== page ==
Recruiting busts always snag the headlines and infuriate the fanbase. Though it is the unexpected booms that should get the attention, and the Texas Longhorns will have their fair share of them from their 2013 class.
As much as we all love recruiting, it is quite frankly, a terrible indicator of future success. According to Saturday Down South, Dee Milliner was the only top-10 NFL Draft pick who was a 5-star recruit coming out of high school. Or just look at Texas' fifth-ranked 2009 class, from which only four players have been consistent contributors.
The point is that a low recruiting ranking is not a death sentence. If a player has the right combination of motivation, physical tools and proper coaching, he can make a 5-star recruit look pretty silly on the field of play.
That is exactly what these 2013 recruits are going to do when they get their chance for the Texas Longhorns.
Linebacker Deoundrei Davis is far from a reach as a recruit. However, he is going to easily outdo his No. 151 ranking on the ESPN 300.
After a stellar junior season, Davis surged up the rankings and was poised to cement himself as the state's top linebacker. Unfortunately he sustained an ACL tear early in his senior season from which he is still recovering.
Do not let this deter you from getting stoked about Davis. He is a vicious hitter who can create havoc in the backfield yet has the athleticism to cover in space. That ability is what will make him such a rare commodity in the pass-happy Big 12.
While his injury has sowed some doubt, Davis has done his best to make up for it by learning everything he could as an early enrollee. He is destined to be an every-down player once he gets healthy and will be an all-conference player before his Longhorn career is done.
Feel free to tell offensive guard Rami Hammad that he is a 3-star recruit: That is pure motivation for him—just hope you are not on the wrong end of that motivation.
Hammad is the dictionary definition of a late-bloomer. A year ago, the 6'5" prospect was 270 pounds and only attracting moderate attention. Now he is up to 320 pounds and had to sort through nearly 50 offers before choosing the 'Horns.
Using his medial designation as fuel, Hammad simply went to work. That hard work came to fruition when he dominated the Semper Fidelis All-America Bowl to earn an offer from the Longhorns. Soon after, he decommitted from Baylor and committed to his dream school.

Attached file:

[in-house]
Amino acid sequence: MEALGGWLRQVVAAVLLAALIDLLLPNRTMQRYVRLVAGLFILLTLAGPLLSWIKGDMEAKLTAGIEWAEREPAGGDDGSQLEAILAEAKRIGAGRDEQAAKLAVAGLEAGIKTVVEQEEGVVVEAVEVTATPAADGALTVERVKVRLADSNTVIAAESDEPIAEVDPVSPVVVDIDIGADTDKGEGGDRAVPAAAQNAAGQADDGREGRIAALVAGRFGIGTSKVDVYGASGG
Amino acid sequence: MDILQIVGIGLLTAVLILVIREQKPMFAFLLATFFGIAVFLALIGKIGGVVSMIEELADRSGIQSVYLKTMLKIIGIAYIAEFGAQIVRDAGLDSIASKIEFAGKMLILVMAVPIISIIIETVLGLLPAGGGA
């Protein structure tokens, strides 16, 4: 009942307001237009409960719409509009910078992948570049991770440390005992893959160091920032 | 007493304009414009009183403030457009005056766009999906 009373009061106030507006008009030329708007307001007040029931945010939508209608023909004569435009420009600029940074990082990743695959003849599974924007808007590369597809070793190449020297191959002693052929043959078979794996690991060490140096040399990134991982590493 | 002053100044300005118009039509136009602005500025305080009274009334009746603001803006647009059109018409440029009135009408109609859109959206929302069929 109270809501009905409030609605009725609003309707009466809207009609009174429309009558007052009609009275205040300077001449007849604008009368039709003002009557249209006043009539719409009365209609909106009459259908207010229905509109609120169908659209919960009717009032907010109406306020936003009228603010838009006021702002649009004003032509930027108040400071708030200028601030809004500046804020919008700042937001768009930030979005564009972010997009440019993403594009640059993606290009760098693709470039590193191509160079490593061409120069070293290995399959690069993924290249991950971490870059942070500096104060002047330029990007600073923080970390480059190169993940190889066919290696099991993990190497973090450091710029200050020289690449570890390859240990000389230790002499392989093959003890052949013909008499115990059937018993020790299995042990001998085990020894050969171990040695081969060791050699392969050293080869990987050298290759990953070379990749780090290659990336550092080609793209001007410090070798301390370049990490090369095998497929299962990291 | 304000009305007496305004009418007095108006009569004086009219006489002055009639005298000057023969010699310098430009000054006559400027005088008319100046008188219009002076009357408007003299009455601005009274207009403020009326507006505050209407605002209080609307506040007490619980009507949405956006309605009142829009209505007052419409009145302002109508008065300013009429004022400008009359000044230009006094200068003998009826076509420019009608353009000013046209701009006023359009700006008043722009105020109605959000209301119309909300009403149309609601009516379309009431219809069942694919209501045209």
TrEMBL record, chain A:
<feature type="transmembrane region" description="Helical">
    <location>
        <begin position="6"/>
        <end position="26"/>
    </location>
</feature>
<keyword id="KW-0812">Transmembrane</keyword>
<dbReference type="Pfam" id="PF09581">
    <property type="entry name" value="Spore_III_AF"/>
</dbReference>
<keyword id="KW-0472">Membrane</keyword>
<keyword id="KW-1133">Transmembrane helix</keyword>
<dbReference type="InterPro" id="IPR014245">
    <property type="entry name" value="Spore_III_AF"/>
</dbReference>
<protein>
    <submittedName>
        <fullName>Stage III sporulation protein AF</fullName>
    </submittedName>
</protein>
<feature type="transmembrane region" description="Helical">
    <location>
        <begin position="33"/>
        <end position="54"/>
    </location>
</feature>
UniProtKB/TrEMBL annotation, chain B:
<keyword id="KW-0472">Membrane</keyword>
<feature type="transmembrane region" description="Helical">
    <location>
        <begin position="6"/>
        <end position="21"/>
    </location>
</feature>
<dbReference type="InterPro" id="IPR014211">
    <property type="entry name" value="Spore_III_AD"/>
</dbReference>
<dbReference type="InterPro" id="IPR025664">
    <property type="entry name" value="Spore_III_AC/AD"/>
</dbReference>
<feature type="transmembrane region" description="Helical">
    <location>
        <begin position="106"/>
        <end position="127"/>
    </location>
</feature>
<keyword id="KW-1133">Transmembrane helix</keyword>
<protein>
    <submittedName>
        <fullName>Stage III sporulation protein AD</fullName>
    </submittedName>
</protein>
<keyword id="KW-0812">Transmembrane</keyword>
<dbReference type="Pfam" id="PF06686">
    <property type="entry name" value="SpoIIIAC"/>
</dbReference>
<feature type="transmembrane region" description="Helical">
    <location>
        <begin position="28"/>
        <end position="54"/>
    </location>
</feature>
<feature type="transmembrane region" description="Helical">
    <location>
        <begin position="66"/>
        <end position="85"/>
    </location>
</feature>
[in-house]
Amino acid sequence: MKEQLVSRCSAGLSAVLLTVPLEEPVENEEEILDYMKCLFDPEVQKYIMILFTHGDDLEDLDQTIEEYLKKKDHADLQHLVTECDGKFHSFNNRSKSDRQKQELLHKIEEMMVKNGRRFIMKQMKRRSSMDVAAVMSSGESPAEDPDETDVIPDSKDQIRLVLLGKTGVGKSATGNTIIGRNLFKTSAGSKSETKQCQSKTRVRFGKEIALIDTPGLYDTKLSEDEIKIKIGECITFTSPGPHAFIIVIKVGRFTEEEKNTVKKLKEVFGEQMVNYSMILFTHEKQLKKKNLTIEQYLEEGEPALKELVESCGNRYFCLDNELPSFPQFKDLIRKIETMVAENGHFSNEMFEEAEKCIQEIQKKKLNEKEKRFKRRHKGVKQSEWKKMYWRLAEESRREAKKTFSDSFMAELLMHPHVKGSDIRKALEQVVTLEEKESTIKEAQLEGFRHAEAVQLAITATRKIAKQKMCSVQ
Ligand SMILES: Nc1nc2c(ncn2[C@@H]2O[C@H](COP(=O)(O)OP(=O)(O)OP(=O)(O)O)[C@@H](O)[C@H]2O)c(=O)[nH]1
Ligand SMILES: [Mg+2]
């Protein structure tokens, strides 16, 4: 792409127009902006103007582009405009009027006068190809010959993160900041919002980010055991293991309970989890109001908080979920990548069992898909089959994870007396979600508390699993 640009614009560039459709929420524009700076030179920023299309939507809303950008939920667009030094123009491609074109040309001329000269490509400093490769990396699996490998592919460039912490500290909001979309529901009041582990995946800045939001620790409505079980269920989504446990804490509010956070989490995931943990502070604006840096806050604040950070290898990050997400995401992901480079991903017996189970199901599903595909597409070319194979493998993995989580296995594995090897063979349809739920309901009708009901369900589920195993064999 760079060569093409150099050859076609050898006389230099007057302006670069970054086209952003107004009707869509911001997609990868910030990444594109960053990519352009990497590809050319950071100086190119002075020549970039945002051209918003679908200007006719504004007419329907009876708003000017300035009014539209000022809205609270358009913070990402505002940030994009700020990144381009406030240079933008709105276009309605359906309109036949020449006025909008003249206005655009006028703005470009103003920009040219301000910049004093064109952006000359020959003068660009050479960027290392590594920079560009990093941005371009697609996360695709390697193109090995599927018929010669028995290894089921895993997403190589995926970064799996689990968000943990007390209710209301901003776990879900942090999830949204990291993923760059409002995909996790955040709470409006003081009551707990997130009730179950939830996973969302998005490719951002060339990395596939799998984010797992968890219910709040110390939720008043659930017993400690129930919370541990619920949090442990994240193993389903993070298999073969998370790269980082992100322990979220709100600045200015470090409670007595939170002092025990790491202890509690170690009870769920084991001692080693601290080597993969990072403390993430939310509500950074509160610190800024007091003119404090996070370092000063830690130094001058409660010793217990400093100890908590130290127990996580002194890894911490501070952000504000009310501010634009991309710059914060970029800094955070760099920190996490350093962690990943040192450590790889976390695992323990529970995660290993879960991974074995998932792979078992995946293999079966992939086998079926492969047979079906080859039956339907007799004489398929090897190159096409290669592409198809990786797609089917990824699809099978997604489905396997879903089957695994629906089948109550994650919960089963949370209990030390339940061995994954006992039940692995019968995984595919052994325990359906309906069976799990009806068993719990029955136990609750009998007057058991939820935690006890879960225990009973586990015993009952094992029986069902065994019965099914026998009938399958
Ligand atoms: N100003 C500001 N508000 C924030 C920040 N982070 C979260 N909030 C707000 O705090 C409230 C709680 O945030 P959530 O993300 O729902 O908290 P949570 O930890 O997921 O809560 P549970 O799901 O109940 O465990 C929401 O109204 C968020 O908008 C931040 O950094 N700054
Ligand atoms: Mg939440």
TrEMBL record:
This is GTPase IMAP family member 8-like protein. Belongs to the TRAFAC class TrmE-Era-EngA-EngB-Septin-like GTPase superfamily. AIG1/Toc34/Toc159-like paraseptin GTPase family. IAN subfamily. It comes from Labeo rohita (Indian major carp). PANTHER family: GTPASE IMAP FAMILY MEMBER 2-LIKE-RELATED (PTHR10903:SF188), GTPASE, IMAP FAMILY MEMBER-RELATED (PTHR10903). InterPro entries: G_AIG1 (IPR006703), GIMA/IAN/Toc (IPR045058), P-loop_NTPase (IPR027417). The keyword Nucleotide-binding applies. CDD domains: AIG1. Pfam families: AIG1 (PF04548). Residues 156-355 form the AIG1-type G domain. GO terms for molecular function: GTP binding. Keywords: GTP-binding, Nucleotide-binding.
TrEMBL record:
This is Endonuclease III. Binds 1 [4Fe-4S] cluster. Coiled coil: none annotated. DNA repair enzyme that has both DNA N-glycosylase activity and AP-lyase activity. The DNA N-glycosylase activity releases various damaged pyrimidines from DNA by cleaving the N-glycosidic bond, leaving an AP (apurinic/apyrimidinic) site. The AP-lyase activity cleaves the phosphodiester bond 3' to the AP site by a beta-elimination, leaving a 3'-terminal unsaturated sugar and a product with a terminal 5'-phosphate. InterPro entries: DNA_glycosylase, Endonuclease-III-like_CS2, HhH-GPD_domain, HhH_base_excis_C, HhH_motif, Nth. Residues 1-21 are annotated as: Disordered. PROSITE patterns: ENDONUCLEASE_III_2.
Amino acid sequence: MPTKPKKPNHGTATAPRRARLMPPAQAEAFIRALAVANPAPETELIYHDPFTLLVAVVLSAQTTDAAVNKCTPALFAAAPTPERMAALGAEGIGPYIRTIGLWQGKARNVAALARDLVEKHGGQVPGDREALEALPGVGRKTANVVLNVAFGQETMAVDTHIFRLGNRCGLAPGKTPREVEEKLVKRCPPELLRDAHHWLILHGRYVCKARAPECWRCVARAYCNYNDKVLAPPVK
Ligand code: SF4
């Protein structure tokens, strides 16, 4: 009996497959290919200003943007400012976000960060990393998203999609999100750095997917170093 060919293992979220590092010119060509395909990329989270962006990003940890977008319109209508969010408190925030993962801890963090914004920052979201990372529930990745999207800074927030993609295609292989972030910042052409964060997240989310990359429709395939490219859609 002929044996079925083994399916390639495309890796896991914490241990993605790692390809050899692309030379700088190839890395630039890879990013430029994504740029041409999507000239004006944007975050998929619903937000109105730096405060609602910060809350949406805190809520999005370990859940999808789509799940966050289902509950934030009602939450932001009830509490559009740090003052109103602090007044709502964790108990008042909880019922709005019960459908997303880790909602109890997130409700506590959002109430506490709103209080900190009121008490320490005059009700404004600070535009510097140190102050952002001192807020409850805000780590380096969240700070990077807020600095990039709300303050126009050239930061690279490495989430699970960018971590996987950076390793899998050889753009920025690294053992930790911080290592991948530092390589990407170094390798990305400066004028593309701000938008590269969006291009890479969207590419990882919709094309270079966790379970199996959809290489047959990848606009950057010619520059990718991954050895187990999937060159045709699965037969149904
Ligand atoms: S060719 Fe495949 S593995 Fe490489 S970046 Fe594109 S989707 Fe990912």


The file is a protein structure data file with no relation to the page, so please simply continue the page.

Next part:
The last of Texas' five offensive line recruits is a mauler up front. ESPN's Max Olson describes his mean streak as being similar to that of four-year starter Mason Walters—a lofty comparison seeing as Hammad will be looking to replace Walters after he graduates.
He seems poised to do just that, and this 3-star designation may end up pushing him all the way to the NFL.
Former Washington State commit Montrel Meander is Texas' lowest-rated recruit of the 2013 class. His size-speed combination begs to differ.
Standing at 6'3", Meander is as tall or taller than all but two true receivers who will be on the 2013 roster. But what he holds over those players is the track speed to take the top off of the defense.
In high school, Meander was the deep-ball specialist, a position the 'Horns will be missing after Mike Davis' graduation next year. He tracks the ball well, then can go up and snatch it with ease. That said, he is extremely raw—needing a redshirt season to add weight and learn the technical aspects of the position.
Once that happens, Meander will provide the length and speed that no other player on the roster possesses.
A year after accepting a grayshirt offer from the 'Horns, Naashon Hughes officially becomes a scholarshipped player this summer. And Manny Diaz is going to have fun turning this kid loose.
The brother of 2012 commit Camrhon, Hughes has athletic potential coming out of his ears. He stands 6'4" and runs a 4.4 40 at 210 pounds. That time will likely fall once he adds the 20-30 pounds that his body can handle, but you get the point.
He will likely have to redshirt, but Hughes projects as one of Jon Gruden's "jokers" on defense as a safety-linebacker hybrid. He is athletic enough to cover and pursue in space, but he also has the strength to bring the wood. His long arms also figure to make an impact in disrupting passes at the line.
With the ability to line up any and everywhere, Hughes will be a joy to watch once he hits the field.
After a stellar spring, Tyrone Swoopes already has the recruitniks kicking themselves. Is it possible that he is even better than we had hoped?
After enrolling early, Swoopes has come full circle and is back to giving fans Vince Young-esque visions of the future—scary part is he could end up being even better than the Texas legend.
Already Swoopes has ballooned up to 250 pounds and looks capable of adding 10 pounds or more to his 6'5" frame. But most surprisingly, he is picking up the offense at an accelerated pace and has already leapfrogged to third on the depth chart after a thrilling series in the spring game.
Swoopes did all of that in three months. Imagine what the product will be at the end of the redshirt season he is expected to use in 2013.